Each year since 1969, the federal government has spent more than it has taken in from taxes, causing the United States Treasury Department to borrow to keep up with Congressional spending. The federal fiscal year starts Oct. 1 and during the first four months of this year, the treasury has had to borrow $169 billion just to pay interest on the borrowed money.
Normally, an uptick in the unemployment rate would not be considered good news. But it is a peculiarity of the economic recovery that April's increase in the unemployment rate from 8.8 percent, a two-year low, to 9 percent is actually cause for optimism.
Finally, our summer vacation has been planned. I'm quickly learning that making plans as a civilian and making plans as a military dependent are two very different things.
Dear Editor: We, the members of the Richmond Hill Senior Center, would like to publicly acknowledge our heartfelt thanks to St. Joseph's/Candler Hospital and especially Mr. Bob Duckworth for the most informative and interesting tour of their hospital.
I've just pulled together some poll results on a variety of questions that involve things that go "bump in the night" as well as conspiracies.
Education is an investment. That's true both for students and bill-paying parents – and states. And with increased investment comes a rightful expectation of greater returns.
In the world we live in, the mainstream heroes are many times spotlight-seeking, attention-craving artists, athletes and actors.
The key to helping families at the pump and reducing our dependence on foreign oil is to spend tax money on developing renewable energy sources. President Barack Obama actually said this in his weekly radio address. He also said we need to increase our drilling at home. Yet he deliberately makes it difficult for the oil companies to drill in the United States and offshore, knowing that the lack of locally produced oil will drive up the cost, justifying his "spend" agenda.
Shazam! It is great to be an American!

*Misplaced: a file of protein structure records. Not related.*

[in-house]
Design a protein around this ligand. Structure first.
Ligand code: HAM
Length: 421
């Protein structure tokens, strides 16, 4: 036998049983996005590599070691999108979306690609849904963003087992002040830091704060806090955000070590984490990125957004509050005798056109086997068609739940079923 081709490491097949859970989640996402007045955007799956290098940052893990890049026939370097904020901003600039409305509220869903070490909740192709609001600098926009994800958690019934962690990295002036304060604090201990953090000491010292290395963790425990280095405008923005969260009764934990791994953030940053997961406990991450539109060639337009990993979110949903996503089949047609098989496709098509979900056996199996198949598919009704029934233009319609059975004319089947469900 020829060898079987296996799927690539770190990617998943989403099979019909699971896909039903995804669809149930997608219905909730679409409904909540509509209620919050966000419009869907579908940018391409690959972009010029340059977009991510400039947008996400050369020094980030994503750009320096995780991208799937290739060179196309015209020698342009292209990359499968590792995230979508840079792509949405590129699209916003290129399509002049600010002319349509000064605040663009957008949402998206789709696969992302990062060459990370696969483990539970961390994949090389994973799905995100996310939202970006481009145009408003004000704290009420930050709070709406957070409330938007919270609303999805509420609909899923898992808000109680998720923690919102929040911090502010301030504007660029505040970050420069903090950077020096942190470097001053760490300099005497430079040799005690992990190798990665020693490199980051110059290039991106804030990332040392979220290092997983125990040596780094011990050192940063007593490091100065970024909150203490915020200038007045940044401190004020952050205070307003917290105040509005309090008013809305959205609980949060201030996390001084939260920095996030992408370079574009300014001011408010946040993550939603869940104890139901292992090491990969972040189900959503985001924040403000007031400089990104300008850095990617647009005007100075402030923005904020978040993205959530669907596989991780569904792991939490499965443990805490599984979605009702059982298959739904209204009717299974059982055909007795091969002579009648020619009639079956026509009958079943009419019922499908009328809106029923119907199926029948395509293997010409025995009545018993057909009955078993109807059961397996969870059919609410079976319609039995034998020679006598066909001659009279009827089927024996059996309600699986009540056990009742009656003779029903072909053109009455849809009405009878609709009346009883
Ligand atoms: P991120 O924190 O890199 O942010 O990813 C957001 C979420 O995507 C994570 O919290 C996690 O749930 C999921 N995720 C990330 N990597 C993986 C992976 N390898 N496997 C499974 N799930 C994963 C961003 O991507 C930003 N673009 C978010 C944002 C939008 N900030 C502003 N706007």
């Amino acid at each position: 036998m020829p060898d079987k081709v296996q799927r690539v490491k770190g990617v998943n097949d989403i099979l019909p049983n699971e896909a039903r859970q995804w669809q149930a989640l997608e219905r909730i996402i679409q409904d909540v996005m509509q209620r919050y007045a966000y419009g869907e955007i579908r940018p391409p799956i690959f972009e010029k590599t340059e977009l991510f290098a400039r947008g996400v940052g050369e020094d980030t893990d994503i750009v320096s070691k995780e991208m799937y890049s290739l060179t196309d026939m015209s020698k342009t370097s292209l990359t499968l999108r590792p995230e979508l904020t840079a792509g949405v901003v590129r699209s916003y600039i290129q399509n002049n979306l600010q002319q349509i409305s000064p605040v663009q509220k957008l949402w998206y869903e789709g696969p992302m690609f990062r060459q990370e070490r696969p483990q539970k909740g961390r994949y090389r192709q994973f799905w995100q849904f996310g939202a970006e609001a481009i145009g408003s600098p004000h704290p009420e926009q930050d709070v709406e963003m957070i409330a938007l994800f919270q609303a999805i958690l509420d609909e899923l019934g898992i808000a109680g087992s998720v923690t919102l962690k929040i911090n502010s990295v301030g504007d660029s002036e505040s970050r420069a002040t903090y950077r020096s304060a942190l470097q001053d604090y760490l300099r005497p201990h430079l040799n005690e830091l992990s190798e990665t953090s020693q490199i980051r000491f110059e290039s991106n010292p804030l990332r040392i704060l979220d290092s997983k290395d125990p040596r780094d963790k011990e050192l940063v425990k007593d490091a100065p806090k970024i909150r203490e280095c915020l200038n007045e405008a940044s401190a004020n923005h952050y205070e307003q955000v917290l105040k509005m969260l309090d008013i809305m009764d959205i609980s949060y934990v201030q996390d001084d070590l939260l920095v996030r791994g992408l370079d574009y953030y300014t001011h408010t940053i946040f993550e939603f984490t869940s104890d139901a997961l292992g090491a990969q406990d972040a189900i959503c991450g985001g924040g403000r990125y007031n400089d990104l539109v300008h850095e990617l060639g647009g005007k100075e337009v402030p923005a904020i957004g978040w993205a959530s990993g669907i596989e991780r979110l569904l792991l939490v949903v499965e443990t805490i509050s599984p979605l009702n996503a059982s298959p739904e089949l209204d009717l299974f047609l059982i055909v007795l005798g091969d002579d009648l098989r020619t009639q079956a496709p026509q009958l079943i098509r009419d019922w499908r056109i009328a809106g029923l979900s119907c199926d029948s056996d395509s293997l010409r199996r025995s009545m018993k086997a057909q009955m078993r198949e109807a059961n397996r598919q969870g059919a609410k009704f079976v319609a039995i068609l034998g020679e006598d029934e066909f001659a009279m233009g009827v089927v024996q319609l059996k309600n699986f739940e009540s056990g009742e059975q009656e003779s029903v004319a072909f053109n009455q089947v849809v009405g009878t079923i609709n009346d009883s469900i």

For nearly a decade, the United States has sought the capture or killing of Osama bin Laden, the Saudi Arabian-born leader of the al-Qaida terror network.
"In the first place, we should insist that if the immigrant who comes here in good faith becomes an American and assimilates himself to us, he shall be treated on an exact equality with everyone else, for it is an outrage to discriminate against any such man because of creed, or birthplace, or origin. But this is predicated upon the person's becoming in every facet an American, and nothing but an American ...There can be no divided allegiance here. Any man who says he is an American, but something else also, isn't an American at all. We have ...
Two bills passed in the waning days of Georgia's 2011 regular legislative session will both advance the cause of criminal justice in the state, and both are years overdue.
Here in Richmond Hill and everywhere, we can hardly number all the good things created by the use of the cell phone, such as emergency matters, crime prevention, convenience in communication, enormous effects on the economy, and on and on.
Have people just forgotten how to be kind? Or have forwarded emails warning us to beware of criminal scams to steal our wallets and kidnap our children just resulted in increased public paranoia?
My husband and I now are just a few small steps away from making what may be one of the riskiest decisions a military family can make. That's right - we're buying a house. With only the finalities left in the process, I'm starting to pack up my clothes - most of which don't fit my new pregnant figure anyway - and perusing paint swatches for a nursery.
Farmers are looking at what to plant this year. The outlook for traditional agriculture is mixed.
As you may have heard, some of our intrepid public servants under the Gold Dome are unhappy with the Advanced Placement U.S. History test and the College Board which administers the tests.
On Feb. 18, a group of citizens headed to the State Capital for "Conservation Day," hoping to inform legislators about protecting our precious coast and its wildlife. The Dolphin Project was represented by Gerry Sattele and me, from Richmond Hill, and Chris Hines of Savannah.
Well, it's that time of the year again - tax time. April 15 will be here before we know it and for many, it is a time of dread as they start gearing up to pay annual tax bills.
A friend, an only child, was talking about cleaning out her parents' house after the death of her father.
I recently was proud to announce that the 63rd Expeditionary Signal Battalion will be restationed at Fort Stewart, bringing 492 soldiers and their families to the post. The 63rd Expeditionary Signal Battalion's mission focuses on rapidly deploying worldwide to engineer, install, operate, maintain and defend in support of full-spectrum operations. The 63rd Expeditionary Signal Battalion is the U.S. Army's contribution to the Global Information Grid.
If you are a supercilious liberal you-know-what or a sanctimonious Bible thumper, I have some good news for you. I am giving you both the week off. Enjoy it while you can. I will be back.
Editor, The Wounded Warrior Project has sued a combat veteran - again.
One of my friends called me - one of my best friends. There was both urgency and distress in her voice.
Twelve years ago, I made a decision to follow my head, not my heart, and put my career first. I'd just completed my first post-college internship at the Abilene Reporter-News in Texas and, having impressed my supervisor, was offered full-time employment at the end of my three-month stint.
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